Disabled children: Why is this issue important?
Locally 1 in 8 (12%) 14-year olds reported that their everyday life was affected by a health problem and/or disability. The Disability Discrimination Act 1995 defines a disabled person as someone who has:
- a physical or mental impairment, which has substantial and long-term adverse effects on his or her ability to carry out normal day-to-day activities
- physical and mental impairments including sensory impairments such as those affecting sight and hearing. Mental impairment includes learning disabilities and mental health problems.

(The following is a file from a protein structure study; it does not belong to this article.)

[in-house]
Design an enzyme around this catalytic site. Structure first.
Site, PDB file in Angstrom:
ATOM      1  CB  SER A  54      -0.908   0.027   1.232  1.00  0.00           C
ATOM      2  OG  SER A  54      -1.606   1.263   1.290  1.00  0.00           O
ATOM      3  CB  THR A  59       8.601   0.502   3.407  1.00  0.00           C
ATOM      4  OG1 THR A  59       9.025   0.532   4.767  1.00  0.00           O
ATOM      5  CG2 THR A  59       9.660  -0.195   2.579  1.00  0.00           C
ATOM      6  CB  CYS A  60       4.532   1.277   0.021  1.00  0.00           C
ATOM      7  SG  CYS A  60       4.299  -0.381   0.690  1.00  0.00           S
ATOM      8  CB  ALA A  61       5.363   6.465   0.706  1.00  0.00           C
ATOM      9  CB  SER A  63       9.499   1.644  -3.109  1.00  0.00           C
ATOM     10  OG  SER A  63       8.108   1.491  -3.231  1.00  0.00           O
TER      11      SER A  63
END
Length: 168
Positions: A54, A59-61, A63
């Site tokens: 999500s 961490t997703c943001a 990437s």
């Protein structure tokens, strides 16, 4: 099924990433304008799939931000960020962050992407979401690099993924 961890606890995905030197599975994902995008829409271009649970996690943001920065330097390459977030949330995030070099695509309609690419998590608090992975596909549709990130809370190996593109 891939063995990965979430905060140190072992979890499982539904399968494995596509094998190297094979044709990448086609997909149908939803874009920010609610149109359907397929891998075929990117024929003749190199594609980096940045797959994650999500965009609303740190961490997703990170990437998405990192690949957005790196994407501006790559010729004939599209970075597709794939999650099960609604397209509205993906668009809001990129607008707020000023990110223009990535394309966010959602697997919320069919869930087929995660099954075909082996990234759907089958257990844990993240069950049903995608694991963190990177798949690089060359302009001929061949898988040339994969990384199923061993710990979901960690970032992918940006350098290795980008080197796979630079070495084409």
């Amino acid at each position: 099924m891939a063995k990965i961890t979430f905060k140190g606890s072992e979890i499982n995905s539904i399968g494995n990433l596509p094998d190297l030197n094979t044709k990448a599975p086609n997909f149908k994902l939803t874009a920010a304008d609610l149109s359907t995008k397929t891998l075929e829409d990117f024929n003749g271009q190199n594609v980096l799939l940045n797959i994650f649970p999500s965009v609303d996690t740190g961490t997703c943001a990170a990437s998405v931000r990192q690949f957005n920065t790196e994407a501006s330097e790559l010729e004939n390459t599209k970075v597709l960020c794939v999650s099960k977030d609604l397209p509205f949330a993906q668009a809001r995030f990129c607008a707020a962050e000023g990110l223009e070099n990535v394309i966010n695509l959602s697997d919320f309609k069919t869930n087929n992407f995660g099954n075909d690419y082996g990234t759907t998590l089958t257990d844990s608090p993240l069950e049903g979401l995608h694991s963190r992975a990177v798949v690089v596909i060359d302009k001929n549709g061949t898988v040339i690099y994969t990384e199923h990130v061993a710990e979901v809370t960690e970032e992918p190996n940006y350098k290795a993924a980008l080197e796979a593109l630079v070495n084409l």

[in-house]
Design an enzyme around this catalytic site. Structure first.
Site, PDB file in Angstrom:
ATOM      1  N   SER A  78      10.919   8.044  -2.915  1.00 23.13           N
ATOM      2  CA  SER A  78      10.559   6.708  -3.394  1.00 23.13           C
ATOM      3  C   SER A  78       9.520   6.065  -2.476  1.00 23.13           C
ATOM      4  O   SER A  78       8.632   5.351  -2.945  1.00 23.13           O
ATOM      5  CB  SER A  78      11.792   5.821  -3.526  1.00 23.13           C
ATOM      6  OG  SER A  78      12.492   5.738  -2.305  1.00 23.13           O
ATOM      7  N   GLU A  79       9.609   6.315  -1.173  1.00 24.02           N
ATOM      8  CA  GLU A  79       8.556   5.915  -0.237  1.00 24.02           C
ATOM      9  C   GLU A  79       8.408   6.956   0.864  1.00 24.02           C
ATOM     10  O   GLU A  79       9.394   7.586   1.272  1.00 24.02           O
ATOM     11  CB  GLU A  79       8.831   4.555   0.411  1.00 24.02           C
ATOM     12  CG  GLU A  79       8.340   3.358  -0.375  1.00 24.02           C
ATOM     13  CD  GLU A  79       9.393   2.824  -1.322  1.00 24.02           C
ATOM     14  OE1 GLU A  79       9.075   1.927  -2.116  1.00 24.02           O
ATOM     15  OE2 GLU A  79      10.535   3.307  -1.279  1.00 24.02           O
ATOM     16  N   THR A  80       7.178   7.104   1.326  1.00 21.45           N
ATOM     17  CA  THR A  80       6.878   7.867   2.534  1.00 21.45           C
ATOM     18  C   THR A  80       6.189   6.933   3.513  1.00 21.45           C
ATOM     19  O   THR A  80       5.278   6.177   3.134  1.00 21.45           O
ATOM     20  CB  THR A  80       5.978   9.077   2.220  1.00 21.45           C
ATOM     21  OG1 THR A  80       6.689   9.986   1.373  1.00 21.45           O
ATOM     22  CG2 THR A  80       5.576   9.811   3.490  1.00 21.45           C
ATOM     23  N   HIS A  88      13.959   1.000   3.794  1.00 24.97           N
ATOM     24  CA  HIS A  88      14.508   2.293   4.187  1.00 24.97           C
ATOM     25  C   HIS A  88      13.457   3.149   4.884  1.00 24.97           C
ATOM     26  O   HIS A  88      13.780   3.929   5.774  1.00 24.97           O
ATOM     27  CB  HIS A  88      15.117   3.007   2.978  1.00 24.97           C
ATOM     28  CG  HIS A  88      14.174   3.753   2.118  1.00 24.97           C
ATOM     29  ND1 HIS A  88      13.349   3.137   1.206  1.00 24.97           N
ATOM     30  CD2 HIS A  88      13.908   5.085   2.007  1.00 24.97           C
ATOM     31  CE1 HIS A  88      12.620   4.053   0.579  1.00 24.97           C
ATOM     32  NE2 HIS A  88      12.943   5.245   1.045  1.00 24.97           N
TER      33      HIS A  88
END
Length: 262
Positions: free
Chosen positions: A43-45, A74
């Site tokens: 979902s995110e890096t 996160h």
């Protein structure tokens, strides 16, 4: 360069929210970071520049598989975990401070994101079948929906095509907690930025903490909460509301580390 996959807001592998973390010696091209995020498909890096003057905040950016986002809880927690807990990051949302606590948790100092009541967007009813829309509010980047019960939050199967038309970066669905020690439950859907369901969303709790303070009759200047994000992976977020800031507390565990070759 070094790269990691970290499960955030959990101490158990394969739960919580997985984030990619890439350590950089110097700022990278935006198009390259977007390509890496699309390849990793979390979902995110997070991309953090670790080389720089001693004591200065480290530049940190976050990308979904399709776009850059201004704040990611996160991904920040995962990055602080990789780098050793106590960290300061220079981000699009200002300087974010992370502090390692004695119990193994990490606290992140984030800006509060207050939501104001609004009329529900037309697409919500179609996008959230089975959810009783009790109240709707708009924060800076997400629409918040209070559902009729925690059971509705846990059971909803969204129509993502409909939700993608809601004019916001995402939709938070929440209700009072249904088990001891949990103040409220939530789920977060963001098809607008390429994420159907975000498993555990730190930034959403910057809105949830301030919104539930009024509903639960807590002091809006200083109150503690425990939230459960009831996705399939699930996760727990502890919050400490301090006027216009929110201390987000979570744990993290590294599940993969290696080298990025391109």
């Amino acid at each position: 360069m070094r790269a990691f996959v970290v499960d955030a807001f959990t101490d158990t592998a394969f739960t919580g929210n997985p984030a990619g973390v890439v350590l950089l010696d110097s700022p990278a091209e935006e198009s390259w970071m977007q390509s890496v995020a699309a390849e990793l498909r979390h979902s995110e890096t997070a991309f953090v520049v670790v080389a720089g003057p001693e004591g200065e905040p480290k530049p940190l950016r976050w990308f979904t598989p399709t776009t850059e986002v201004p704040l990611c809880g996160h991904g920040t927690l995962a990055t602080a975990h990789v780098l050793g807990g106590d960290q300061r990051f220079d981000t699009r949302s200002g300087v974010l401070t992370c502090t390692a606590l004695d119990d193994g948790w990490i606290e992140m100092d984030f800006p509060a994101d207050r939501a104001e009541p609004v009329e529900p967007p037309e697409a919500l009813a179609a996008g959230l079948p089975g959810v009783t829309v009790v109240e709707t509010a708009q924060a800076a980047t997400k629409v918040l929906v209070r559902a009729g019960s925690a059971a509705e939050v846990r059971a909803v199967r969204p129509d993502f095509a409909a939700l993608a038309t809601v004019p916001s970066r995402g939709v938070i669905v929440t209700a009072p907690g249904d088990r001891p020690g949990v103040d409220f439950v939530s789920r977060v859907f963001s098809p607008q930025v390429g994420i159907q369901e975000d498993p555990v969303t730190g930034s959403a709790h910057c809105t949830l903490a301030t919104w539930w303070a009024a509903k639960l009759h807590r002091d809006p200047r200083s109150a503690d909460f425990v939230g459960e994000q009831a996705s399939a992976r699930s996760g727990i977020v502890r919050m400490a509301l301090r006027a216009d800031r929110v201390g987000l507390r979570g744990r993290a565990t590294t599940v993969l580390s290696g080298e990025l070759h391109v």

A Health Needs Assessment for Disabled Children in Kirklees was undertaken in 2009. It highlighted a lack of precise data at both national and local level about the numbers of disabled children and their use of local services. Nationally it is estimated that 21 in 1,000 children have moderate learning difficulties, 3.5 in 1,000 have severe disability and 1 in 1,000 profound and multiple disabilities. Children with moderate learning disability have an educational delay of three years and those with severe disability need help with communicating, mobilising and co-ordination. Some people with a learning disability also have physical and/or sensory impairments, mental health problems or other neuro-developmental disorders such as autism.